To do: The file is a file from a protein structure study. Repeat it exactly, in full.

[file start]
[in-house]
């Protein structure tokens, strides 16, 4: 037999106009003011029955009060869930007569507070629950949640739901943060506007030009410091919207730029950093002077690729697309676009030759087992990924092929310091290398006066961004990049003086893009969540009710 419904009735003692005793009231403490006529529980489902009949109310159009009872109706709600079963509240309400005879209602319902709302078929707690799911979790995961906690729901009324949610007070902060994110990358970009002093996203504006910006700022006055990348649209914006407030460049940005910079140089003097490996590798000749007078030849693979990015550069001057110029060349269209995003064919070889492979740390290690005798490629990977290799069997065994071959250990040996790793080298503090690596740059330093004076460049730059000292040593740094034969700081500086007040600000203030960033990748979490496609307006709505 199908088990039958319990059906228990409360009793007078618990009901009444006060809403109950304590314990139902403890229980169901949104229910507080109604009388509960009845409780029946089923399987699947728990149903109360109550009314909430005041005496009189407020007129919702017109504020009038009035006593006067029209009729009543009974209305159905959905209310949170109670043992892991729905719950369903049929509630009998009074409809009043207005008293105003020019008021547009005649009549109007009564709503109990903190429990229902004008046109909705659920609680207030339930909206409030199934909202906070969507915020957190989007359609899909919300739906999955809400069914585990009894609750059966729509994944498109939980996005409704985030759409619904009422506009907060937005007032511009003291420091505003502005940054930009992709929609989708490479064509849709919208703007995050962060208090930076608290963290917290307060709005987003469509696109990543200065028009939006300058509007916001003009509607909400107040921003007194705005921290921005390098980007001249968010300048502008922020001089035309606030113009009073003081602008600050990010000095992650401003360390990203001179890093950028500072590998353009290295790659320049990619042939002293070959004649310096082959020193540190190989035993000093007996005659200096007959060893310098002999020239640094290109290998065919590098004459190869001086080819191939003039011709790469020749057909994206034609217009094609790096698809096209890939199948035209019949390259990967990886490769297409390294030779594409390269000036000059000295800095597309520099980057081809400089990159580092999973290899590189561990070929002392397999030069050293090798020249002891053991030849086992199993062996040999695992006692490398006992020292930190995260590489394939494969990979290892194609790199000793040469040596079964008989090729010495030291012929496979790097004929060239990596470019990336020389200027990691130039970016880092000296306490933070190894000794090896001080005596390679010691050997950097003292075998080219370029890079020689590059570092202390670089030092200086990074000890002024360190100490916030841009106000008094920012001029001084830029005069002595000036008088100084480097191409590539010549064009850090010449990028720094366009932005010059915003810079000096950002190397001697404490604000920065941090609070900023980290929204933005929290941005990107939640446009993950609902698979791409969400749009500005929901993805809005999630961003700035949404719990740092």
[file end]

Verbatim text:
[in-house]
């Protein structure tokens, strides 16, 4: 037999106009003011029955009060869930007569507070629950949640739901943060506007030009410091919207730029950093002077690729697309676009030759087992990924092929310091290398006066961004990049003086893009969540009710 419904009735003692005793009231403490006529529980489902009949109310159009009872109706709600079963509240309400005879209602319902709302078929707690799911979790995961906690729901009324949610007070902060994110990358970009002093996203504006910006700022006055990348649209914006407030460049940005910079140089003097490996590798000749007078030849693979990015550069001057110029060349269209995003064919070889492979740390290690005798490629990977290799069997065994071959250990040996790793080298503090690596740059330093004076460049730059000292040593740094034969700081500086007040600000203030960033990748979490496609307006709505 199908088990039958319990059906228990409360009793007078618990009901009444006060809403109950304590314990139902403890229980169901949104229910507080109604009388509960009845409780029946089923399987699947728990149903109360109550009314909430005041005496009189407020007129919702017109504020009038009035006593006067029209009729009543009974209305159905959905209310949170109670043992892991729905719950369903049929509630009998009074409809009043207005008293105003020019008021547009005649009549109007009564709503109990903190429990229902004008046109909705659920609680207030339930909206409030199934909202906070969507915020957190989007359609899909919300739906999955809400069914585990009894609750059966729509994944498109939980996005409704985030759409619904009422506009907060937005007032511009003291420091505003502005940054930009992709929609989708490479064509849709919208703007995050962060208090930076608290963290917290307060709005987003469509696109990543200065028009939006300058509007916001003009509607909400107040921003007194705005921290921005390098980007001249968010300048502008922020001089035309606030113009009073003081602008600050990010000095992650401003360390990203001179890093950028500072590998353009290295790659320049990619042939002293070959004649310096082959020193540190190989035993000093007996005659200096007959060893310098002999020239640094290109290998065919590098004459190869001086080819191939003039011709790469020749057909994206034609217009094609790096698809096209890939199948035209019949390259990967990886490769297409390294030779594409390269000036000059000295800095597309520099980057081809400089990159580092999973290899590189561990070929002392397999030069050293090798020249002891053991030849086992199993062996040999695992006692490398006992020292930190995260590489394939494969990979290892194609790199000793040469040596079964008989090729010495030291012929496979790097004929060239990596470019990336020389200027990691130039970016880092000296306490933070190894000794090896001080005596390679010691050997950097003292075998080219370029890079020689590059570092202390670089030092200086990074000890002024360190100490916030841009106000008094920012001029001084830029005069002595000036008088100084480097191409590539010549064009850090010449990028720094366009932005010059915003810079000096950002190397001697404490604000920065941090609070900023980290929204933005929290941005990107939640446009993950609902698979791409969400749009500005929901993805809005999630961003700035949404719990740092």